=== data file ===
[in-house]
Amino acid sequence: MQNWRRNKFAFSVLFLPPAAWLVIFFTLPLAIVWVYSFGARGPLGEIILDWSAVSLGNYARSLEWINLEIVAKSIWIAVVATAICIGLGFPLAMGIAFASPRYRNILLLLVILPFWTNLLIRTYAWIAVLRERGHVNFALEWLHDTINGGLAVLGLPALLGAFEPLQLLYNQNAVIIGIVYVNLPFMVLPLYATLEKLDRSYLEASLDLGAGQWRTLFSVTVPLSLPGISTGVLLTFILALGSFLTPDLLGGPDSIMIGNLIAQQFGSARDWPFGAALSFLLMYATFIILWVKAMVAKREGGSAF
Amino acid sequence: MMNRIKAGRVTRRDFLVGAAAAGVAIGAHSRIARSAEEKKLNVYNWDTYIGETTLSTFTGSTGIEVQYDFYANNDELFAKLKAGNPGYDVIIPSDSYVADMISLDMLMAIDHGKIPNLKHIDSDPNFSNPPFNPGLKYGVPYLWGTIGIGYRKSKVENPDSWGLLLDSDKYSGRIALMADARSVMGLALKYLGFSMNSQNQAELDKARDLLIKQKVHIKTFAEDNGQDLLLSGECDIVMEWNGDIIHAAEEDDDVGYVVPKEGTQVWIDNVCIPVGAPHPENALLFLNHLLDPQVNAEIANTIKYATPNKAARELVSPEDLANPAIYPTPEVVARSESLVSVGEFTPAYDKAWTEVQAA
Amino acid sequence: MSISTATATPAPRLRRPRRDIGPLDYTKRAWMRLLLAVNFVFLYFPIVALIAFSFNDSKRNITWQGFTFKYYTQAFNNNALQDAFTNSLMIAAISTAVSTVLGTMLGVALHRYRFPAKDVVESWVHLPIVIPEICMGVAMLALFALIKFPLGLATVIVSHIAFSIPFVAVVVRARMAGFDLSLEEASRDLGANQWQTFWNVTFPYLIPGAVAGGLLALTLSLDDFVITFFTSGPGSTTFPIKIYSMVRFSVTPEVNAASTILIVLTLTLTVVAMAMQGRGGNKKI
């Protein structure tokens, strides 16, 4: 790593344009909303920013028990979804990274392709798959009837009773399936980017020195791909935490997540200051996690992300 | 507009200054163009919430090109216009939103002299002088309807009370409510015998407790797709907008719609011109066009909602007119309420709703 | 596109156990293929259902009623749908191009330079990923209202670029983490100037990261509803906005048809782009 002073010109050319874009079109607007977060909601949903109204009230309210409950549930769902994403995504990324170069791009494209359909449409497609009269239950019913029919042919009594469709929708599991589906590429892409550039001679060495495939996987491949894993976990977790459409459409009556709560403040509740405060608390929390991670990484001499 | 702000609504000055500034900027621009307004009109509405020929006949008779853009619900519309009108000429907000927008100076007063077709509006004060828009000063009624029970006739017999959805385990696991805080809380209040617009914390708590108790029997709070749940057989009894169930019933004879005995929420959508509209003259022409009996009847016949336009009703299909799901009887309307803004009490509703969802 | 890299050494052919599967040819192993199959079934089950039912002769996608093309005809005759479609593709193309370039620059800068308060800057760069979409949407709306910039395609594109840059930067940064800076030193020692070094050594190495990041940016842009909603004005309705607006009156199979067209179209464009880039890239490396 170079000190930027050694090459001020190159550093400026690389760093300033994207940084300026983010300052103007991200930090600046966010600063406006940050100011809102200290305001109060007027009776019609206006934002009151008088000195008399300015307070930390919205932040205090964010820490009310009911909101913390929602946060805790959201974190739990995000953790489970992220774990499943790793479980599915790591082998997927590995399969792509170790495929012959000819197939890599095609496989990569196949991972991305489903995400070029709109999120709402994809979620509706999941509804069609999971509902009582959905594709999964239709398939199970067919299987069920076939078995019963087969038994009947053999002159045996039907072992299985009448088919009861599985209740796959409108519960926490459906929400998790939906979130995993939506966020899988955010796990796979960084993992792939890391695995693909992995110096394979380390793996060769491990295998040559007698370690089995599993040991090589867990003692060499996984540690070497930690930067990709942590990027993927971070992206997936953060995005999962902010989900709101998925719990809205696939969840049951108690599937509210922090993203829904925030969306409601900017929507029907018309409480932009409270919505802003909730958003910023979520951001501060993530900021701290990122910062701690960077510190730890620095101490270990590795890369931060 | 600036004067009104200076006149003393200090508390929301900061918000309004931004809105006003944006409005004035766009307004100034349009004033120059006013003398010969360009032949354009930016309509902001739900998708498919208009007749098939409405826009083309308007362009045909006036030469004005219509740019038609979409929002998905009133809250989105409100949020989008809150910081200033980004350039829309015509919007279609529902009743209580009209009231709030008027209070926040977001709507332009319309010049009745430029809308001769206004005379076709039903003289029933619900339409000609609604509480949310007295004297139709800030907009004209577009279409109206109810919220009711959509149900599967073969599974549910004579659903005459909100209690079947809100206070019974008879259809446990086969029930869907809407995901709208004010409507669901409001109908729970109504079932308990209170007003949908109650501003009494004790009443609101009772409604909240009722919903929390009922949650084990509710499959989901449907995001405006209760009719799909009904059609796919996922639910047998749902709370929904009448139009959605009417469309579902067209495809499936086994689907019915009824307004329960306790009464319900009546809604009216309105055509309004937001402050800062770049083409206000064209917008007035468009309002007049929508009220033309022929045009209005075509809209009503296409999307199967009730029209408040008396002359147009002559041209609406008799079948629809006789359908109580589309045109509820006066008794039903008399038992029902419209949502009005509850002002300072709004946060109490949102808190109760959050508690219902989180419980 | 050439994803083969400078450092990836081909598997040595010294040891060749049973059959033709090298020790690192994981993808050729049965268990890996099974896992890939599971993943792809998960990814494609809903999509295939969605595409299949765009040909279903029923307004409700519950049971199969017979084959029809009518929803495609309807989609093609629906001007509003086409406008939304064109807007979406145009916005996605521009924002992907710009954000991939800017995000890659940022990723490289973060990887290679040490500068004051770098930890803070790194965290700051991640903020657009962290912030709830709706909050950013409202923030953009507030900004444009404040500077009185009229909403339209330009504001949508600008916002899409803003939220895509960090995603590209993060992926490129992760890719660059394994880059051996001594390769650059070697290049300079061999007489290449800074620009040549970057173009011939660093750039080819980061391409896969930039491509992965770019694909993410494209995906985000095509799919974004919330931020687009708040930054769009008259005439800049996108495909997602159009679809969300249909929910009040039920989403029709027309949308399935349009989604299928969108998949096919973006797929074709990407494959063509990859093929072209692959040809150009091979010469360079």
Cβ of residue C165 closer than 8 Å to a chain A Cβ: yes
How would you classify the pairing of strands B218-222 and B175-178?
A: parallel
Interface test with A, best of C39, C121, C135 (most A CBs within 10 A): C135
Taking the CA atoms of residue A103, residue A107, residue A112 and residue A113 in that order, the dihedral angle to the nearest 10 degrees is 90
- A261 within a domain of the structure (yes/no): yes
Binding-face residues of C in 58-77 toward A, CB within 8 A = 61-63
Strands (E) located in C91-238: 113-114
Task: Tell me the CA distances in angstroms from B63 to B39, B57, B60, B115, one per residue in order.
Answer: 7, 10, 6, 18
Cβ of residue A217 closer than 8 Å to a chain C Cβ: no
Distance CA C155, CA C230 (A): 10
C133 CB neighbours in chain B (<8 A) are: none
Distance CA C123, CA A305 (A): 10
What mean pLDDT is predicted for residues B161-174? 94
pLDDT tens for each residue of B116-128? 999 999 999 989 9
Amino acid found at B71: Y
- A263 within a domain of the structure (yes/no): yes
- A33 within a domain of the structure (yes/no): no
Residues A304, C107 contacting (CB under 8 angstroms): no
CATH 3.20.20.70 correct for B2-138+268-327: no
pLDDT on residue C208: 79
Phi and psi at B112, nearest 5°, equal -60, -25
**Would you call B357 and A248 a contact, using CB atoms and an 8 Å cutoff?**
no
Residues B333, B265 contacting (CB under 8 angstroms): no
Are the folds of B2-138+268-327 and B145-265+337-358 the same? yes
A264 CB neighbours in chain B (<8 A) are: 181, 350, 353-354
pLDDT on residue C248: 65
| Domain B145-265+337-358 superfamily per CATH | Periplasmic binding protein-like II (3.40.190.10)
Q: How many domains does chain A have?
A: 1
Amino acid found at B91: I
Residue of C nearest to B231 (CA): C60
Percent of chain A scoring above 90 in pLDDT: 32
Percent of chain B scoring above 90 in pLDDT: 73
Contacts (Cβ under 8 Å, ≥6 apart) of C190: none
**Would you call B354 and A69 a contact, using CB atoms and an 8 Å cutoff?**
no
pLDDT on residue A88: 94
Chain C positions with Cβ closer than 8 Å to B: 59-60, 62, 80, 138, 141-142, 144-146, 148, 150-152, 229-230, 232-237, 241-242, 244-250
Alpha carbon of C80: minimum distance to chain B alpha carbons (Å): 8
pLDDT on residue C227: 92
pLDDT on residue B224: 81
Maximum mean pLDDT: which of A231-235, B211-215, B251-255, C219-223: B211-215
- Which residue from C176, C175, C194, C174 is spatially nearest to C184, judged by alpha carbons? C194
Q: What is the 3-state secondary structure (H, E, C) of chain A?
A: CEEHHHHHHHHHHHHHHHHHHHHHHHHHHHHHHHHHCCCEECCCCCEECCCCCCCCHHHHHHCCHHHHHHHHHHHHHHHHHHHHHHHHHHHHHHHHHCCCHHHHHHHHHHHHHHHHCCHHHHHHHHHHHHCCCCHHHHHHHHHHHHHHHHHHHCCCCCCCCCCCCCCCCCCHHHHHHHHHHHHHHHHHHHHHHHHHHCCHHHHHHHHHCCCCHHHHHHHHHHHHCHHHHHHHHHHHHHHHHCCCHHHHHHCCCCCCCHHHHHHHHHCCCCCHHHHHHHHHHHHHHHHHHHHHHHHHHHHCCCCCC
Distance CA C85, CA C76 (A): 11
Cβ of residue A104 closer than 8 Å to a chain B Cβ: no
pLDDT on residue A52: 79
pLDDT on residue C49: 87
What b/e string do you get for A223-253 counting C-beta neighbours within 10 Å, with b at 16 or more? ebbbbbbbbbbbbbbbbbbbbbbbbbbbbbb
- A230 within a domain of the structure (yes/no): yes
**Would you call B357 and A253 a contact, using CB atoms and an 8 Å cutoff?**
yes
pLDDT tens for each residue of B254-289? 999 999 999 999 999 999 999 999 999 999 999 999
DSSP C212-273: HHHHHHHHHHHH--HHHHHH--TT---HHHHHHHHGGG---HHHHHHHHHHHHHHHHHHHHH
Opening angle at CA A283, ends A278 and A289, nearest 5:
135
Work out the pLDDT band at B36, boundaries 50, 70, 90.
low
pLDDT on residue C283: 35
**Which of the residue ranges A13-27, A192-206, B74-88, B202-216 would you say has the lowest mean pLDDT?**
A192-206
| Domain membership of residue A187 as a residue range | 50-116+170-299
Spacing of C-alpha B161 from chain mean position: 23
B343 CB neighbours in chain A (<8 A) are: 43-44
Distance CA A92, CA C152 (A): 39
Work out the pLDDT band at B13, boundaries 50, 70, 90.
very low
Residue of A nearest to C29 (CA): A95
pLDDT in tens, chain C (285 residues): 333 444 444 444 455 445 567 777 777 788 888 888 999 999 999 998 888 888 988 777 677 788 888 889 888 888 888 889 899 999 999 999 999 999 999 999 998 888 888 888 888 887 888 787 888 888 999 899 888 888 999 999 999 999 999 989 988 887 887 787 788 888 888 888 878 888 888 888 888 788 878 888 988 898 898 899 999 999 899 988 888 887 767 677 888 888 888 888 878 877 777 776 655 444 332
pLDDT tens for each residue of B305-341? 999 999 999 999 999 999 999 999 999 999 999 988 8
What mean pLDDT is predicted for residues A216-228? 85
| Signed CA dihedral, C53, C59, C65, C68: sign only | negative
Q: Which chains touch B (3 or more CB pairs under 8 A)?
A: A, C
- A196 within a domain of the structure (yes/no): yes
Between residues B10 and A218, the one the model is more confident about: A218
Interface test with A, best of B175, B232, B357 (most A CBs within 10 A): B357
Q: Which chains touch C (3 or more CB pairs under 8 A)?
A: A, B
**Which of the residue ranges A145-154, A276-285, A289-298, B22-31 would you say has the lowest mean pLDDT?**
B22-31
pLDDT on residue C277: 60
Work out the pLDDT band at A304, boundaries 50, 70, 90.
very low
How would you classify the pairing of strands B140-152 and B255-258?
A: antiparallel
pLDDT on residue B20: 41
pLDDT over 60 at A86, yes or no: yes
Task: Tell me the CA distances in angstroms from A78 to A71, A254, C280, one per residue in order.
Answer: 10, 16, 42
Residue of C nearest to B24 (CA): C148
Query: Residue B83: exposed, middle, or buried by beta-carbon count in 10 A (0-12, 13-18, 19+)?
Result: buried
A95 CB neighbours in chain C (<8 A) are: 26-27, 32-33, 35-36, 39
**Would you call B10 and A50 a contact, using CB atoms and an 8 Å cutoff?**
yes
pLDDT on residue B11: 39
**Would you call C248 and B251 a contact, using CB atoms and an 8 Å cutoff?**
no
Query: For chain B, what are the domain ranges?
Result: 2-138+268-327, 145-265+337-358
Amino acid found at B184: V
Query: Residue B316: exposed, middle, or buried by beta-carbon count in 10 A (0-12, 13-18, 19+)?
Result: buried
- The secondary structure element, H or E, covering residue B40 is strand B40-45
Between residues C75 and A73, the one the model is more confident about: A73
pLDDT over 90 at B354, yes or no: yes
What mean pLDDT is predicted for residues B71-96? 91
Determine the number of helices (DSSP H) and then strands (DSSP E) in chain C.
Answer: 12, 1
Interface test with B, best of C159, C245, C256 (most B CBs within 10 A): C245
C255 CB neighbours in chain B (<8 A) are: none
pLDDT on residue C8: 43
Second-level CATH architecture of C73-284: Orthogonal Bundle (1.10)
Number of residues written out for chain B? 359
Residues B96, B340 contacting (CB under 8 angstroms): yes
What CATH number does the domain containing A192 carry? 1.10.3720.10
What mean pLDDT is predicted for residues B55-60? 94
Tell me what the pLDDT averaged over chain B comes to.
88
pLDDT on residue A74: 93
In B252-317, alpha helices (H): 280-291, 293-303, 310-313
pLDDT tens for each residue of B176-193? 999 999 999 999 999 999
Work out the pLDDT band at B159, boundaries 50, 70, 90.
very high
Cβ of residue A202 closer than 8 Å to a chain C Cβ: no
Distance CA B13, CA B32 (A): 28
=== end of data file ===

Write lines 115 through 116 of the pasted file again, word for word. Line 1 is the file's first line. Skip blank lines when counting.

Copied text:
Between residues C75 and A73, the one the model is more confident about: A73
pLDDT over 90 at B354, yes or no: yes